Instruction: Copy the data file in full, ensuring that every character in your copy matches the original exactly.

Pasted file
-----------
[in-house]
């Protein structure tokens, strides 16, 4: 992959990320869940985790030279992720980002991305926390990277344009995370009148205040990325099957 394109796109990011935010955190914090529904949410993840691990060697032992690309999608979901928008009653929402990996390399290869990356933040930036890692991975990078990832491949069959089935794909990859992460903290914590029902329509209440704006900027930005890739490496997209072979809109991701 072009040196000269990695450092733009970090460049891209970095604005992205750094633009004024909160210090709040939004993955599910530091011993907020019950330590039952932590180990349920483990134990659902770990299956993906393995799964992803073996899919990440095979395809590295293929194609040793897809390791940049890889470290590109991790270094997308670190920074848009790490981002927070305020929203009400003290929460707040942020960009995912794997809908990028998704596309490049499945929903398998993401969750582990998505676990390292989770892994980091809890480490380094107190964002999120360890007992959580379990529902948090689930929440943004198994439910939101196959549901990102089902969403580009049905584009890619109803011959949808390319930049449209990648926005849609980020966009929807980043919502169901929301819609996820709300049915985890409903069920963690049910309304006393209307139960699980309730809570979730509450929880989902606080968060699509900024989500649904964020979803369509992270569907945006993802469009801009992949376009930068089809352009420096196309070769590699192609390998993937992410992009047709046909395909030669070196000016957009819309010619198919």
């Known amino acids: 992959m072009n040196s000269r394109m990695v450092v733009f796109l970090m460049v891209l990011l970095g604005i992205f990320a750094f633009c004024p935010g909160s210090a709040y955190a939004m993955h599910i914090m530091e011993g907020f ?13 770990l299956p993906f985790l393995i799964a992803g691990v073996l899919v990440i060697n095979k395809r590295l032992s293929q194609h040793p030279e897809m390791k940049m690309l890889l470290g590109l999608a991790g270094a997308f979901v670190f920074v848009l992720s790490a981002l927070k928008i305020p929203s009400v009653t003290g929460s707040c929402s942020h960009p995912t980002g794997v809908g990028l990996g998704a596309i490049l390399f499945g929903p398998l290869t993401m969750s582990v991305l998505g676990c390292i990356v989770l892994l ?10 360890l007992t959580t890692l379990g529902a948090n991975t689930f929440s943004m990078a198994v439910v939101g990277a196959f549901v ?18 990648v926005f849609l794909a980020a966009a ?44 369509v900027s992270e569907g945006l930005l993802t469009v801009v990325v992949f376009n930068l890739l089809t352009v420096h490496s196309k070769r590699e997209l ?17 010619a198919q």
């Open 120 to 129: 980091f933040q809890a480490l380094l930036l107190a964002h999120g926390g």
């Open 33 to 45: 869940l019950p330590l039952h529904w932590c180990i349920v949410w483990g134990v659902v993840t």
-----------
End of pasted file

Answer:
[in-house]
């Protein structure tokens, strides 16, 4: 992959990320869940985790030279992720980002991305926390990277344009995370009148205040990325099957 394109796109990011935010955190914090529904949410993840691990060697032992690309999608979901928008009653929402990996390399290869990356933040930036890692991975990078990832491949069959089935794909990859992460903290914590029902329509209440704006900027930005890739490496997209072979809109991701 072009040196000269990695450092733009970090460049891209970095604005992205750094633009004024909160210090709040939004993955599910530091011993907020019950330590039952932590180990349920483990134990659902770990299956993906393995799964992803073996899919990440095979395809590295293929194609040793897809390791940049890889470290590109991790270094997308670190920074848009790490981002927070305020929203009400003290929460707040942020960009995912794997809908990028998704596309490049499945929903398998993401969750582990998505676990390292989770892994980091809890480490380094107190964002999120360890007992959580379990529902948090689930929440943004198994439910939101196959549901990102089902969403580009049905584009890619109803011959949808390319930049449209990648926005849609980020966009929807980043919502169901929301819609996820709300049915985890409903069920963690049910309304006393209307139960699980309730809570979730509450929880989902606080968060699509900024989500649904964020979803369509992270569907945006993802469009801009992949376009930068089809352009420096196309070769590699192609390998993937992410992009047709046909395909030669070196000016957009819309010619198919």
């Known amino acids: 992959m072009n040196s000269r394109m990695v450092v733009f796109l970090m460049v891209l990011l970095g604005i992205f990320a750094f633009c004024p935010g909160s210090a709040y955190a939004m993955h599910i914090m530091e011993g907020f ?13 770990l299956p993906f985790l393995i799964a992803g691990v073996l899919v990440i060697n095979k395809r590295l032992s293929q194609h040793p030279e897809m390791k940049m690309l890889l470290g590109l999608a991790g270094a997308f979901v670190f920074v848009l992720s790490a981002l927070k928008i305020p929203s009400v009653t003290g929460s707040c929402s942020h960009p995912t980002g794997v809908g990028l990996g998704a596309i490049l390399f499945g929903p398998l290869t993401m969750s582990v991305l998505g676990c390292i990356v989770l892994l ?10 360890l007992t959580t890692l379990g529902a948090n991975t689930f929440s943004m990078a198994v439910v939101g990277a196959f549901v ?18 990648v926005f849609l794909a980020a966009a ?44 369509v900027s992270e569907g945006l930005l993802t469009v801009v990325v992949f376009n930068l890739l089809t352009v420096h490496s196309k070769r590699e997209l ?17 010619a198919q």
């Open 120 to 129: 980091f933040q809890a480490l380094l930036l107190a964002h999120g926390g």
């Open 33 to 45: 869940l019950p330590l039952h529904w932590c180990i349920v949410w483990g134990v659902v993840t």